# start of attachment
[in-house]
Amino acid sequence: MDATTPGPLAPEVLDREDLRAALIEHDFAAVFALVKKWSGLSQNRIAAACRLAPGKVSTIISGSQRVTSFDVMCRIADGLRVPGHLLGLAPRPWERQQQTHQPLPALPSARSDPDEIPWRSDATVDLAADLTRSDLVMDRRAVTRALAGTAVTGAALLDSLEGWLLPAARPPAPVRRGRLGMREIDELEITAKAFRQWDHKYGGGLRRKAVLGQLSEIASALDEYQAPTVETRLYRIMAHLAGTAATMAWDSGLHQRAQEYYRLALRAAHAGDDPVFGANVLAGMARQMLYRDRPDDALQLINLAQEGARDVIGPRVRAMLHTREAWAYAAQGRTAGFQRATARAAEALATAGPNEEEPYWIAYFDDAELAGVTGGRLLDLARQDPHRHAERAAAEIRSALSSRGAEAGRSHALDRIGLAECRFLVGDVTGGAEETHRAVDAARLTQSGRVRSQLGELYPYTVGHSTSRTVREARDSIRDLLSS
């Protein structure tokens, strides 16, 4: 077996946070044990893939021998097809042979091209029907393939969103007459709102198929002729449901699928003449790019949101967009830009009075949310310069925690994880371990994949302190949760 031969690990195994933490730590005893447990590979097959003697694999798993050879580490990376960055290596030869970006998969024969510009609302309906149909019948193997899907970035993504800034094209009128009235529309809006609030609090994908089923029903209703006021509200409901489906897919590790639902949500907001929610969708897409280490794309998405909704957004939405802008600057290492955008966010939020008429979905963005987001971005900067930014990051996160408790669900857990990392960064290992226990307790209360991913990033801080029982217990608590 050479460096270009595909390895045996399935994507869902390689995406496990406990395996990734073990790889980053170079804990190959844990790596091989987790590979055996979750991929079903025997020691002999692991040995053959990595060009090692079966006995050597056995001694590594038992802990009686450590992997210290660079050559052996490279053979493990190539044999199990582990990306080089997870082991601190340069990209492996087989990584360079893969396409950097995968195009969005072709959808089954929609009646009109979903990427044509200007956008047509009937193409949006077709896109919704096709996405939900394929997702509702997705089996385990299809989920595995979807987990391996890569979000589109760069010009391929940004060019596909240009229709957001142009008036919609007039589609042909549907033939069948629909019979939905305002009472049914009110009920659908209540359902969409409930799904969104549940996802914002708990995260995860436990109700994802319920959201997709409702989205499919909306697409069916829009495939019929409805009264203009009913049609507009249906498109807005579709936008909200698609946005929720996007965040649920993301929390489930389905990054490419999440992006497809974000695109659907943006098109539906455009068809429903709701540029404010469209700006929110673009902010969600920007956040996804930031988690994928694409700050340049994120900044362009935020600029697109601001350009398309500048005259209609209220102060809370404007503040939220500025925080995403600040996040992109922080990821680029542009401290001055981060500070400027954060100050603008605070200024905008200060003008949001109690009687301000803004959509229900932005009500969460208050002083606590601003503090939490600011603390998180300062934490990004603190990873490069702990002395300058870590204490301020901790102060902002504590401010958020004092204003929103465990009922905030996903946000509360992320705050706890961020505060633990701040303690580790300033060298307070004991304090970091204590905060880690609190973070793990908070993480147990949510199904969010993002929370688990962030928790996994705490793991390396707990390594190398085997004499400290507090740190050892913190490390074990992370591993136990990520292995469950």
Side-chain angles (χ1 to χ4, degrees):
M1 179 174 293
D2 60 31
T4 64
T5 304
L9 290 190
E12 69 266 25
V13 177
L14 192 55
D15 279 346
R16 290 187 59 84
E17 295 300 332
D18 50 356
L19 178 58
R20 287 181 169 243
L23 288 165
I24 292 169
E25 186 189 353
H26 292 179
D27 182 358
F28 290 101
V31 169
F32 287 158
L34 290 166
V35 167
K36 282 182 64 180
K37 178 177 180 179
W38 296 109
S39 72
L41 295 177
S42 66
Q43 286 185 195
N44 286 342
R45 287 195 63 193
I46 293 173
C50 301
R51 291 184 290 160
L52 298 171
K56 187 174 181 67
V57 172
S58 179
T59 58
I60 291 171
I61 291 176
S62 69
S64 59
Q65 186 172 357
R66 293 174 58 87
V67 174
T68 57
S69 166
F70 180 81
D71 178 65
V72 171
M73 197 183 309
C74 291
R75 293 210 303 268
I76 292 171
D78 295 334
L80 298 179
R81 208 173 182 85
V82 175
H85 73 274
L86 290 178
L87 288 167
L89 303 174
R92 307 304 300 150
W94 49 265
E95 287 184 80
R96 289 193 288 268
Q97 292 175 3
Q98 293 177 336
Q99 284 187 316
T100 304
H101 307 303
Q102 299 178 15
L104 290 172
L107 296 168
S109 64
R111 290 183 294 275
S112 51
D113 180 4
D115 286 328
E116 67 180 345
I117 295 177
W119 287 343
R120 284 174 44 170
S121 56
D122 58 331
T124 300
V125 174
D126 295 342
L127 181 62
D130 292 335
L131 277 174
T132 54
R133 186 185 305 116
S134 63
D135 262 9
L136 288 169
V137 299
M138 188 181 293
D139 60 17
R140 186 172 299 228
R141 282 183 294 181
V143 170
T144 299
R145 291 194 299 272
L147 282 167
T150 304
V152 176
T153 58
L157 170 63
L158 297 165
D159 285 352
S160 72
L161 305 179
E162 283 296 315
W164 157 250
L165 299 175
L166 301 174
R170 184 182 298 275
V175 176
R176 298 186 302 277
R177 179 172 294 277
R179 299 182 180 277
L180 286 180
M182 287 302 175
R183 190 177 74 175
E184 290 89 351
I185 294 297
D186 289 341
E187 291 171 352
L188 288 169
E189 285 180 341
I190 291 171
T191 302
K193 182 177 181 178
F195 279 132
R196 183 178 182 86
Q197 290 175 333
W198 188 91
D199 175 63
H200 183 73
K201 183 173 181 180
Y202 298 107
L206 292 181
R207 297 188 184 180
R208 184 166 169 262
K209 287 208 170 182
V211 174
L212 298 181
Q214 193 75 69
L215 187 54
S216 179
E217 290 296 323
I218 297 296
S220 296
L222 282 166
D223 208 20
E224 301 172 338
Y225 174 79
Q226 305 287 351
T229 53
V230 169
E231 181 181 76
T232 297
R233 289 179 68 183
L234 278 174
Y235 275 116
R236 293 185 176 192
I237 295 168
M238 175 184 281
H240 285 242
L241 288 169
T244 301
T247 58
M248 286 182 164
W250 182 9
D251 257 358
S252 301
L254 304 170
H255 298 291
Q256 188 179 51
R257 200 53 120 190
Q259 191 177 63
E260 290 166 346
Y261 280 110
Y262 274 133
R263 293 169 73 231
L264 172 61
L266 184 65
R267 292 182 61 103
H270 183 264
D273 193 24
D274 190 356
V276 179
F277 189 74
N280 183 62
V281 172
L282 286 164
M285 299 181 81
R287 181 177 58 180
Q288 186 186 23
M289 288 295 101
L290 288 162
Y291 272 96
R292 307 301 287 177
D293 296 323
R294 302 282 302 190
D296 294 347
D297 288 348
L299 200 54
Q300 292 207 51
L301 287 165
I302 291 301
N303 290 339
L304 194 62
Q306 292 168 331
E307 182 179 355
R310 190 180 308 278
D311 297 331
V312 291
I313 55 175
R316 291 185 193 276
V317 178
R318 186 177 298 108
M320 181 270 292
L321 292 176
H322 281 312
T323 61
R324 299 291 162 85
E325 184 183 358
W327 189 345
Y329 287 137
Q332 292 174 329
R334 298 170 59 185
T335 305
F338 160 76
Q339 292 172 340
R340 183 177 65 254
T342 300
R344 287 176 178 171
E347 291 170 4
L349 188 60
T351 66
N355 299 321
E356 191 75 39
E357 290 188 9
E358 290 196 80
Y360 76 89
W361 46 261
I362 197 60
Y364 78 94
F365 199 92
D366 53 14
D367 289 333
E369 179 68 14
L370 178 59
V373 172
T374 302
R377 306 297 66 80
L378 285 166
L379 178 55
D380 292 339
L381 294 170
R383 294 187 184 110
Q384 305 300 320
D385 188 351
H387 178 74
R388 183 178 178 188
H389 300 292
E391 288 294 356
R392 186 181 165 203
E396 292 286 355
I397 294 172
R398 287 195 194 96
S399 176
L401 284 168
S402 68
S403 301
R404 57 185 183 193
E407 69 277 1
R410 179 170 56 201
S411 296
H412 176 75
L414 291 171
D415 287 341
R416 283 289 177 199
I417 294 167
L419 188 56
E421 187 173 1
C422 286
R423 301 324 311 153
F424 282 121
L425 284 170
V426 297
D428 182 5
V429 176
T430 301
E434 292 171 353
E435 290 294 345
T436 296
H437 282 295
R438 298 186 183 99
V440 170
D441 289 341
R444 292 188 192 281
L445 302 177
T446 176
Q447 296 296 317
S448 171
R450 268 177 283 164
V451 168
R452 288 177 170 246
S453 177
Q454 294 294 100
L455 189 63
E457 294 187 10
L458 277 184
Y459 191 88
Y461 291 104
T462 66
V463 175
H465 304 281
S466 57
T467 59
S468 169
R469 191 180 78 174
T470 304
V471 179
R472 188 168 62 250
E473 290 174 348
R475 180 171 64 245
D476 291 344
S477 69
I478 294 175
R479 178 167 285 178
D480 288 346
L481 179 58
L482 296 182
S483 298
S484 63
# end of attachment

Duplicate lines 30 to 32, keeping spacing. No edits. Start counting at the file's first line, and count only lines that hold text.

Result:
K37 178 177 180 179
W38 296 109
S39 72